Part history lesson, part GIF guide, here nearly every Oath of Office dating back to 1925.
Today, Barack Obama will be sworn into his second term as president of the United States. In honor of his inauguration, we’ve collected GIFs of many of his predecessors taking the Oath of Office, dating back to Calvin Coolidge’s inauguration in 1925.
Calvin Coolidge (R)
30th President of the United States
In Office 1923–1929
When President Warren G. Harding unexpectedly died in 1923, then-Vice President Calvin Coolidge assumed the presidency. He beat Democrat John W. Davis in 1924 but did not seek reelection in 1928. In office, the Coolidge administration oversaw some of the country’s most prosperous economic times, now referred to as the Roaring Twenties.
Herbert Hoover (R)
31st President of the United States
In Office 1929–1933
Upon Coolidge’s refusal to seek a second full term in office, Secretary of Commerce Herbert Hoover became the Republicans’ leading candidate. Beating Democratic challenger Alfred E. Smith, Hoover served until 1933, a period that included the stock market crash of 1929 and the start of the Great Depression.
Franklin D. Roosevelt (D)
32nd President of the United States
In Office 1933–1945
Thanks largely to the economic turmoil that the country faced during his presidency, Herbert Hoover was defeated in 1932 by Democrat Franklin D. Roosevelt. During Roosevelt’s lengthy tenure in office, the country experienced the end of the Great Depression and World War II. After his historic 12-year-long tenure in office, the 22nd Amendment was ratified, limiting presidents to a maximum of two terms. Roosevelt died less than three months into his fourth term and was succeeded by Vice President Harry S. Truman.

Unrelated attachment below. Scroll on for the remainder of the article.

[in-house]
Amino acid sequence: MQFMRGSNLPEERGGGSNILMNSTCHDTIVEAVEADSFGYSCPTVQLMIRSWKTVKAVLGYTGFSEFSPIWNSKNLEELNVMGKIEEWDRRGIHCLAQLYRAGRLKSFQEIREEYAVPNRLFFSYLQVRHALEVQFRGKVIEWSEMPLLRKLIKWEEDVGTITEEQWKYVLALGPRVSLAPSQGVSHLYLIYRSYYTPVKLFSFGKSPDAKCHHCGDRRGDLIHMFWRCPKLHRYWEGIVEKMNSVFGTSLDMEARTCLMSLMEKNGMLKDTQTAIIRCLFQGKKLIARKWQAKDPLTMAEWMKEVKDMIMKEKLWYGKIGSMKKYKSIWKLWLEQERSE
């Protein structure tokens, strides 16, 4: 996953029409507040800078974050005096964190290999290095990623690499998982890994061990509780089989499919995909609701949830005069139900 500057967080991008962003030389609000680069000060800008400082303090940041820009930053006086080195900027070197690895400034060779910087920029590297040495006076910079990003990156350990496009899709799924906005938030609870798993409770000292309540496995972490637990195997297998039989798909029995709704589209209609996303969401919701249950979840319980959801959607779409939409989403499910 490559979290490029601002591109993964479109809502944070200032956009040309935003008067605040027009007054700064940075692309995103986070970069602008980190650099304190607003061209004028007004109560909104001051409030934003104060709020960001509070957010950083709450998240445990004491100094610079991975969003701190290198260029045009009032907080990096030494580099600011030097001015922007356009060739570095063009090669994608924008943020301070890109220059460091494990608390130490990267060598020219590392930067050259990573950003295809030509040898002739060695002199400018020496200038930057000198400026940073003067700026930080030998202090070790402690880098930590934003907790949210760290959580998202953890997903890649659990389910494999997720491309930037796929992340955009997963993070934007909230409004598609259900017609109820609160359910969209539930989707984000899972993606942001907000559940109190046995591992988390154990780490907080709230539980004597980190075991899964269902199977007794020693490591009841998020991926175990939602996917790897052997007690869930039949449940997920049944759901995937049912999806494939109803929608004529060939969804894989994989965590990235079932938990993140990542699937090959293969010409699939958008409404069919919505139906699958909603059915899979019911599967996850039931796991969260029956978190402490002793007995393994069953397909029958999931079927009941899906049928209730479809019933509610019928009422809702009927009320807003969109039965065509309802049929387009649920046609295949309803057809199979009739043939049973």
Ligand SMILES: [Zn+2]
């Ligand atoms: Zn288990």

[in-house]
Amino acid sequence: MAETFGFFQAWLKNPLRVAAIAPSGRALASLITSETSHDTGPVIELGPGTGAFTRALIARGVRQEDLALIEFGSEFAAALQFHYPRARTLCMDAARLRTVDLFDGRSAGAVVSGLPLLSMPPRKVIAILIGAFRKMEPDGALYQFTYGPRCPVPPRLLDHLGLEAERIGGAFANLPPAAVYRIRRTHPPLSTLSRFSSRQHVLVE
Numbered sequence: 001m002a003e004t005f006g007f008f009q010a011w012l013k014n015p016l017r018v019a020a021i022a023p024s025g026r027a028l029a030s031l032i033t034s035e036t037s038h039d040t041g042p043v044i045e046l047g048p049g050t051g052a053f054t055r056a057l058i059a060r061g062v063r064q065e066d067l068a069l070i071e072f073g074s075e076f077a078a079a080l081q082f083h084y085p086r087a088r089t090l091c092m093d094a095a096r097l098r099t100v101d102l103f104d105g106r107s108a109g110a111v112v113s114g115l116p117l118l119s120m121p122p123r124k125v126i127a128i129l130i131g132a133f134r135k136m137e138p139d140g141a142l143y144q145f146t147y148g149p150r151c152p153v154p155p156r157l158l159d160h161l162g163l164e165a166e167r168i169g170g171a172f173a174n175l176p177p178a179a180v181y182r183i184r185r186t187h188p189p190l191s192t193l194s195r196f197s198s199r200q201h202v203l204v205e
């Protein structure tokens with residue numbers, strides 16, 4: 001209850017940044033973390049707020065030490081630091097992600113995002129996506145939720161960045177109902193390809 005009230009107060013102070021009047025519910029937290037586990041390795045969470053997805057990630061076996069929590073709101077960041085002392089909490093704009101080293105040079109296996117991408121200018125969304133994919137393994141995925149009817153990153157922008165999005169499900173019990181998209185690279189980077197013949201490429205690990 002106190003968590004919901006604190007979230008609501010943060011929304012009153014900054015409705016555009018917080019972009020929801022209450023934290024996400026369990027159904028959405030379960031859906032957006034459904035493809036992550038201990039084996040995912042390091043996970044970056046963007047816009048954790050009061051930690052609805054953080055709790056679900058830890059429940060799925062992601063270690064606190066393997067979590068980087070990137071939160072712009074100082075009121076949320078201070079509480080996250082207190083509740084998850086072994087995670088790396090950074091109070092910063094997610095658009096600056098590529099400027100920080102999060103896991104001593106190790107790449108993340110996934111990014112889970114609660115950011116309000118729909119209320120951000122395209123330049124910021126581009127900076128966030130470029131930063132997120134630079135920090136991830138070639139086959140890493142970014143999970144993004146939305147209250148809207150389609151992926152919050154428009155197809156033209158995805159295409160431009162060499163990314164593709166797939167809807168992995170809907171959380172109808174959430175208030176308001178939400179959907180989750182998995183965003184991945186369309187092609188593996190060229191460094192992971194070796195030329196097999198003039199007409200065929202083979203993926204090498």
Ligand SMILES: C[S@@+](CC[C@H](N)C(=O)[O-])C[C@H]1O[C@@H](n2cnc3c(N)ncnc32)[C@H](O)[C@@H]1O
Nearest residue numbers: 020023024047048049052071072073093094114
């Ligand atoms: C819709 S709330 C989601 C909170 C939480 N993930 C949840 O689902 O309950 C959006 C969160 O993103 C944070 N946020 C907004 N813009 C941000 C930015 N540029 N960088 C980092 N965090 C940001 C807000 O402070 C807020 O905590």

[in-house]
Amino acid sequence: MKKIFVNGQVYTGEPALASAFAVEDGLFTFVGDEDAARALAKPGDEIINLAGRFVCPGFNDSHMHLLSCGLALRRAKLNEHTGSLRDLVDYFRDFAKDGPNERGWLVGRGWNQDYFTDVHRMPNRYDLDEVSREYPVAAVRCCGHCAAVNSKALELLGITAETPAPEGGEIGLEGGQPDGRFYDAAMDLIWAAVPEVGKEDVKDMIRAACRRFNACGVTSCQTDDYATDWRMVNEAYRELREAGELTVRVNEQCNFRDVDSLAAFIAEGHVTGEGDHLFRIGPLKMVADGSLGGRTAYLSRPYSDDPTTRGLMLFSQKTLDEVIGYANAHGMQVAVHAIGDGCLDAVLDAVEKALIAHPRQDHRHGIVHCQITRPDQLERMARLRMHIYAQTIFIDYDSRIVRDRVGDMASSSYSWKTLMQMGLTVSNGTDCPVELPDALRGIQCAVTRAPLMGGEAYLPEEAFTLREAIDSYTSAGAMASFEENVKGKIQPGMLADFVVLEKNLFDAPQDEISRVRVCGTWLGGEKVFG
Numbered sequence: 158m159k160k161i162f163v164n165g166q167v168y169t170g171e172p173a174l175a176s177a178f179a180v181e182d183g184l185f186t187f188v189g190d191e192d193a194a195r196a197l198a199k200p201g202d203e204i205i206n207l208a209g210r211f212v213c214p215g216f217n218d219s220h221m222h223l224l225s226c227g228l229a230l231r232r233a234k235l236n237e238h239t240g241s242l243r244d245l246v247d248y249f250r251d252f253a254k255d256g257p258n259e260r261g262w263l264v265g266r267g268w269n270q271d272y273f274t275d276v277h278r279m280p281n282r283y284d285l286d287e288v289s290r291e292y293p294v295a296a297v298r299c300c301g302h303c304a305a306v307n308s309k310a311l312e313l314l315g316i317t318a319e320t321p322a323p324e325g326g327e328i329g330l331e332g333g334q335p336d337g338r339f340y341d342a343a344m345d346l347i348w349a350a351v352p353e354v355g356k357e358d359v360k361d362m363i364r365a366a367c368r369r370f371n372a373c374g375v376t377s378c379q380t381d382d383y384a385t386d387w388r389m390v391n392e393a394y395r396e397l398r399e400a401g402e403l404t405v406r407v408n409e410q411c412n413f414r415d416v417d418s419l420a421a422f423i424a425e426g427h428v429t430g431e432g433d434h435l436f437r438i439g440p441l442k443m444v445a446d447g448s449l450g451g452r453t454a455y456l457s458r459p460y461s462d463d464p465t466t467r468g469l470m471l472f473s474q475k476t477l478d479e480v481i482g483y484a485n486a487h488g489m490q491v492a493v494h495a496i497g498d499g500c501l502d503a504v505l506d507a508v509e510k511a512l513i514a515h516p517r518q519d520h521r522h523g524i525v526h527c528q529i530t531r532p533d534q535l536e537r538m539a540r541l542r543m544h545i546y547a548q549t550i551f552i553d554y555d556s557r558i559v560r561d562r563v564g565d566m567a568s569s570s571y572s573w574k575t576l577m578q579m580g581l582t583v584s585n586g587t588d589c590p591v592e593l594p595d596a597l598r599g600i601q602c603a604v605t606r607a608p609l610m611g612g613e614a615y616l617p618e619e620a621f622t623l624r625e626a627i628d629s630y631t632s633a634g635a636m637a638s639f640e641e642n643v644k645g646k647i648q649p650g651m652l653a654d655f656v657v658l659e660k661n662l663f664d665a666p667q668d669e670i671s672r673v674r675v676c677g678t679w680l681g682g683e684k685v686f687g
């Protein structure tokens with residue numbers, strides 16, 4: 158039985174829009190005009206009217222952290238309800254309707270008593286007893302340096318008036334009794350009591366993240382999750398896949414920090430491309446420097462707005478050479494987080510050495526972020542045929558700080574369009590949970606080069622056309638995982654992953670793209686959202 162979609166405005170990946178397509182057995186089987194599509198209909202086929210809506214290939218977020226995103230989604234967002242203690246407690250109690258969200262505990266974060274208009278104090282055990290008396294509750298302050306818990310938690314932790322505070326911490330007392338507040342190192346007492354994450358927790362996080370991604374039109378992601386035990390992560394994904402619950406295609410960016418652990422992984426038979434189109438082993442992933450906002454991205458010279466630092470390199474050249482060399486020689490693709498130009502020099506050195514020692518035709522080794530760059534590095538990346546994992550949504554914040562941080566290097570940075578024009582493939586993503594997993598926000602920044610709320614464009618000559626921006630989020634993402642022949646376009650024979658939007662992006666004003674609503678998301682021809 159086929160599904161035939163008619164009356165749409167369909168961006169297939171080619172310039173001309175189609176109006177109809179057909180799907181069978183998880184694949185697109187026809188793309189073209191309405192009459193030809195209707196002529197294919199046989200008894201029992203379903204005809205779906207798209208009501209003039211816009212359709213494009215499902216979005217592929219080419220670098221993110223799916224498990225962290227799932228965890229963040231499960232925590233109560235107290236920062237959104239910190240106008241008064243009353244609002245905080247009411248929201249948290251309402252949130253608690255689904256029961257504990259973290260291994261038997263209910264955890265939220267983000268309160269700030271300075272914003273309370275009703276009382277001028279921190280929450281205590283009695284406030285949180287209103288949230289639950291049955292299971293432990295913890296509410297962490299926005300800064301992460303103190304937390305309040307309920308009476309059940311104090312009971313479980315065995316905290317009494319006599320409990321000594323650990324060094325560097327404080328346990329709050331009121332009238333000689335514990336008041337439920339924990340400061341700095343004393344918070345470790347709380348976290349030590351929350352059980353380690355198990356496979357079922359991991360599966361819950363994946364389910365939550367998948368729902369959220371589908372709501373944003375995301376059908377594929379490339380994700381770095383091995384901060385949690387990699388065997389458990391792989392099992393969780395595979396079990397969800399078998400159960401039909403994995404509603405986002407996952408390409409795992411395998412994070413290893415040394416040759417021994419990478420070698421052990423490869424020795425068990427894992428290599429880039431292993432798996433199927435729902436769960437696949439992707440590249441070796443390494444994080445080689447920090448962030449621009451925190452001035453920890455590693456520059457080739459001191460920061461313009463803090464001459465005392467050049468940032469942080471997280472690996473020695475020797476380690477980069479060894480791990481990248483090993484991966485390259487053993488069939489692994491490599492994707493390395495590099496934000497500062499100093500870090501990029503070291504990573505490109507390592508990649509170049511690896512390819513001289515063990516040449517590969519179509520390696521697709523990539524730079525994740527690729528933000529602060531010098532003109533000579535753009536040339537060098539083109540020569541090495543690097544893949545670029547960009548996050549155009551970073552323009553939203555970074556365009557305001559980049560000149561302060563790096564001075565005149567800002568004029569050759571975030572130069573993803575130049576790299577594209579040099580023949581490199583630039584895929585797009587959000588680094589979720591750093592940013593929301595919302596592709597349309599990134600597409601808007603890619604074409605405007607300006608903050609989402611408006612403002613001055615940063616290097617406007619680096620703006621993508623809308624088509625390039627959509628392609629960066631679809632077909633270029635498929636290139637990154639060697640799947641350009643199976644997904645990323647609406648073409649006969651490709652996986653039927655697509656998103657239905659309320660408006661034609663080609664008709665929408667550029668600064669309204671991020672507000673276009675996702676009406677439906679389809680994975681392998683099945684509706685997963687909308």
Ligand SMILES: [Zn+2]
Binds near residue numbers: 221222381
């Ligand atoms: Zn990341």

Harry S. Truman (D)
33rd President of the United States
In Office 1945–1953
In the 1948 election, Truman defeated Republican challenger Thomas Dewey. During his term, the country officially concluded World War II, became involved in the Korean War, and helped begin both the United Nations and NATO; his tenure also saw the kickoff of the decades-long Cold War against Russia and the fear of communism. He declined to seek a second full term.
Dwight D. Eisenhower (R)
34th President of the United States
In Office 1953–1961
When Harry S. Truman stepped down, the Democrats nominated his Vice President, Adlai Stevenson, in the 1952 election. Plagued with controversy regarding everything from high-level corruption to the Korean War, Truman’s administration was easily defeated by Dwight D. Eisenhower. The popular “Ike” also won in 1956, again defeating Stevenson. During his time in office, Eisenhower ended the Korean War and oversaw the creation of both the Interstate Highway System and NASA.
John F. Kennedy (D)
35th President of the United States
In Office 1960–1963
Defeating then-Vice President Richard Nixon in 1960, John F. Kennedy became the youngest person to be elected to the Oval Office, at age 43. While he was president, the U.S. advanced in the areas of civil rights and the space program. Kennedy’s only term in office was cut short when he was assassinated in Dallas in 1963.
Lyndon B. Johnson (D)
36th President of the United States
In Office 1963–1969
After his predecessor John F. Kennedy was assassinated, Vice President Lyndon B. Johnson was sworn in as President and carried out the remainder of Kennedy’s first term in office. He defeated Republican challenger Barry Goldwater in 1964, but he opted out a second full term after performing poorly in the New Hampshire primary. Under his administration, the country increased its involvement in the Vietnam War, lifted restrictions on immigrants, and saw the creation of such programs as Medicare under Johnson’s Great Society plan.
Richard Nixon (R)
37th President of the United States
In Office 1969–1974